Shopify: A lot of developers are flocking to Shopify as the platform dominates the ecommerce arena. As at September 2016, there were over 5,000 apps. With more being published everyday and introduced to the Shopify arena, there is a lot of choice.
Basic features and benefits for a beginner plan.
We start off looking at what you can get for under $40/month (the price point of entry level plans) and maximising the built-in features to build the best ecommerce experience for your customers.
Shopify: At AU$29.95 on month-to-month terms, Shopify is affordable for the startup. It packs all the features with a lot of free add-ons apps available to give you more ecommerce swag.
Wix: At US$19.95 on month-to-month terms, the WIX ecommerce plan offers basic ecommerce features (product images and descriptions, shipping details, variations in product such as colour and size). However, WIX puts a cap per month of 10GB of bandwidth with 20GB of storage. While we believe 20GB of storage is more than enough for a budding ecommerce website, limiting the traffic is a growth killer. The VIP plan, at $29.95 permits unlimited traffic, but we think this is anti-business by WIX – would you be comfortable knowing your website will go offline if it becomes to popular?
It’s better value for money given the features, benefits over WIX and unlimited traffic.
Bonus: Physical Store? If you're a physical shop, you can upgrade to the Retail Plan for staff access to process sales for in-store customers, syncing your inventory and reporting effortlessly.
Themes, and why the design of your ecommerce store is everything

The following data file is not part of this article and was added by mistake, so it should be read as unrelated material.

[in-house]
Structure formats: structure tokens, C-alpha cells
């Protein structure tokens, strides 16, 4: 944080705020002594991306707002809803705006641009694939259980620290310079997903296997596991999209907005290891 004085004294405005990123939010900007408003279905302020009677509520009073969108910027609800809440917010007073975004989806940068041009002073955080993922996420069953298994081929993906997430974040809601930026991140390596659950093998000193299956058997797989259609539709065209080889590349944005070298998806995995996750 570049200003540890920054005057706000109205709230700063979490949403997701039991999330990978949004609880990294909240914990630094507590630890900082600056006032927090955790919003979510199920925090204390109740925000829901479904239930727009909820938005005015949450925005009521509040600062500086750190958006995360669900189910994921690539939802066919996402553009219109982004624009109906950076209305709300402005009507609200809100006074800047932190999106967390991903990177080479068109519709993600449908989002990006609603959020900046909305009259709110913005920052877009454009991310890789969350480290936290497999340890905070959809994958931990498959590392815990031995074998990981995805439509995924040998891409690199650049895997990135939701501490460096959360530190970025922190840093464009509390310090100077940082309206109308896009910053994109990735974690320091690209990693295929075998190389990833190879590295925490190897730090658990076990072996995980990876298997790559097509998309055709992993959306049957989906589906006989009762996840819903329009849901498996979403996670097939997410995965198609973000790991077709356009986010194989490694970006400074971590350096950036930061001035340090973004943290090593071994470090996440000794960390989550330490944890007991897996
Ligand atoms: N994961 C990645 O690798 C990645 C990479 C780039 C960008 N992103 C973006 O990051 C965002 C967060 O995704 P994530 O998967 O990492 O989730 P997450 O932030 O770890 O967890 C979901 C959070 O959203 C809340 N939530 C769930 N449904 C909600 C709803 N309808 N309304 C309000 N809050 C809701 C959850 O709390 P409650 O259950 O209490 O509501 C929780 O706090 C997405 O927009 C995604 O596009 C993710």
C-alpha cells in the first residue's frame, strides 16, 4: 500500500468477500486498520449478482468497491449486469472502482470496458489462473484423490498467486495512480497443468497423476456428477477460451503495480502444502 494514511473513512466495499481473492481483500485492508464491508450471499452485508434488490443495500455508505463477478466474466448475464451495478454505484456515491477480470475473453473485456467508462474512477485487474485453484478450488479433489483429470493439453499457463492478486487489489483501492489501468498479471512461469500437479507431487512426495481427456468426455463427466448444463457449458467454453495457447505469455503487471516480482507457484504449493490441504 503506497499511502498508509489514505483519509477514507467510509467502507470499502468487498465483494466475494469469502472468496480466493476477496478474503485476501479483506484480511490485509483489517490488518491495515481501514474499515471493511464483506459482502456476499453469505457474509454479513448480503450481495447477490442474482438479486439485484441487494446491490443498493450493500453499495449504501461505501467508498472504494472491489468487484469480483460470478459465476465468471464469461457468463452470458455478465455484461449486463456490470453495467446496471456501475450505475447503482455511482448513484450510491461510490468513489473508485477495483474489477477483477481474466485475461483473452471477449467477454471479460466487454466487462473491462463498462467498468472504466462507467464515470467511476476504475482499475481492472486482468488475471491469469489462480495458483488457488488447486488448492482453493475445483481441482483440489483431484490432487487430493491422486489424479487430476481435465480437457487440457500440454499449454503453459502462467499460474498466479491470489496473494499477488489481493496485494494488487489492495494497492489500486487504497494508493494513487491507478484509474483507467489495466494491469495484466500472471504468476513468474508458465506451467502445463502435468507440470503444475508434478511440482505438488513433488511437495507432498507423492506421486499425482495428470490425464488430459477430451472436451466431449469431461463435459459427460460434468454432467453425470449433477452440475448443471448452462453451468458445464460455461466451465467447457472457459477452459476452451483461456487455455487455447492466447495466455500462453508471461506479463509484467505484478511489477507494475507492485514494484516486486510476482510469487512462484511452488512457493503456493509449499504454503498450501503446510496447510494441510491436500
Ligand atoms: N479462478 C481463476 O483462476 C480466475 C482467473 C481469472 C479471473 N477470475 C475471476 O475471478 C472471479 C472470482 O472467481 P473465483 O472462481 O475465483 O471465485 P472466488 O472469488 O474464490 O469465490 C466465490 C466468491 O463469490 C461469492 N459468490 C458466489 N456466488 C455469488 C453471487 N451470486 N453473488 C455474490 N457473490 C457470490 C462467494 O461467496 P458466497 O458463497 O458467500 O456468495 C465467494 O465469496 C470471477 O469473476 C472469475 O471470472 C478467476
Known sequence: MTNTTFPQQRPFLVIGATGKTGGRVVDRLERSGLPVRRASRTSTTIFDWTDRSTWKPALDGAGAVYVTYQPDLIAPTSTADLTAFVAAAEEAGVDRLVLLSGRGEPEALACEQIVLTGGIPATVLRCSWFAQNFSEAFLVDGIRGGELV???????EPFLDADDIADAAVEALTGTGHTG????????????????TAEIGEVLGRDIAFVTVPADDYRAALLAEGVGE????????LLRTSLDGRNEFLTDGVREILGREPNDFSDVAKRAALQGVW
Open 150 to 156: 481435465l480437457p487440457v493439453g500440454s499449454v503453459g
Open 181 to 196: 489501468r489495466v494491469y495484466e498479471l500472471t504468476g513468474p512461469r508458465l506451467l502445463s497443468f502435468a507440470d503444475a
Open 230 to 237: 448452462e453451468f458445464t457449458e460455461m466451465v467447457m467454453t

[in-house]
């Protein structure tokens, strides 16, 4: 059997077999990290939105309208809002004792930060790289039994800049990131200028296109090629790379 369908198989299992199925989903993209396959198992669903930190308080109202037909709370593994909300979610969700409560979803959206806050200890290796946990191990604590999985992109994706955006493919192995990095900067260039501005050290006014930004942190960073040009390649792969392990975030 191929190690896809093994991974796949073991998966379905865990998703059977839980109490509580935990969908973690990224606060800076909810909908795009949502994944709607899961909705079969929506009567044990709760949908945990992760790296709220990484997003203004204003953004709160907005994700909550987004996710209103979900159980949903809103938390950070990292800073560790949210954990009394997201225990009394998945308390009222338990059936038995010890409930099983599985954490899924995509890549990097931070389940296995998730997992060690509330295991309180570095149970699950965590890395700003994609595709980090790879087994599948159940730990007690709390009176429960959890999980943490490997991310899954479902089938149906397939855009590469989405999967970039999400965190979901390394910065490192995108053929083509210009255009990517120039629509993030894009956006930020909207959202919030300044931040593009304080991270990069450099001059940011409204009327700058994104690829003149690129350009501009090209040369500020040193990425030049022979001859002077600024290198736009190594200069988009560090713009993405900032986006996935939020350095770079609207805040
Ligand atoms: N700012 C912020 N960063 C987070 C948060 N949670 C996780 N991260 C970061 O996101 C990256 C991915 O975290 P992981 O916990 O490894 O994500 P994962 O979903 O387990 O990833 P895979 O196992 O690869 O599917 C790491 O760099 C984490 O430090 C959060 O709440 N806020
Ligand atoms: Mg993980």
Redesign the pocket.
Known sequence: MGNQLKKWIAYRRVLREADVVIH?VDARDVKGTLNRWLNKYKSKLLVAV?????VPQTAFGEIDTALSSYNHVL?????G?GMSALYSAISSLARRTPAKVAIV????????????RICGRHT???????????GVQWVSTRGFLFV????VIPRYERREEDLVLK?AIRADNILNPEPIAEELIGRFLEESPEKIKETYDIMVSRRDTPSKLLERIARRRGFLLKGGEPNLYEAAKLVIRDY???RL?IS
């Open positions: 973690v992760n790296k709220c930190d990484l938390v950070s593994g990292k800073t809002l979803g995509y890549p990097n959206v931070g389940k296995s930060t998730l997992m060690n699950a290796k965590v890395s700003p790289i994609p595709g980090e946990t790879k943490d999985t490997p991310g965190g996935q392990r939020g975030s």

Themes are the pre-set design of your website.
Shopify: There is no competition - the endless number of Shopify Themes is unrivaled. Some are free with the platform, others are paid, but the individuality is endless and you can quickly edit your theme to make it unique.
Website features beyond ecommerce, such as blogs,
galleries and formatting tools.
If you’re a business that isn’t JUST in the business of ecommerce, then it's perhaps better to have a website tool that has all the features to make your business stand out. This applies to professionals selling items "on the side".
Shopify: Shopify has page simple editing which is superior to BigCommerce and other ecommerce-driven platforms, but there are limitations and the design features aren't as beautifully intuitive as they could be. Shopify certaintly isn't the platform if you're 95% offline business and 5% ecommerce.
Wix: WIX’s origins were a drag and drop website builder, much like SquareSpace and Weebly, so adding new pages is easy but getting the right look and layout may take you some trial and error.
We don’t recommend WIX overall, owing to business experiences with clients using WIX and the process of migrating, editing or simply understanding WIX. We can’t call a winner because Shopify isn’t suitable for non-ecommerce businesses overall. Check out our Weebly vs Shopify review.
Shopify: There is no competition - Shopify transaction fees comes standard with every Shopify account, and the fees are as followed:
Wix: Australian based businesses have a number of choices for payment integration.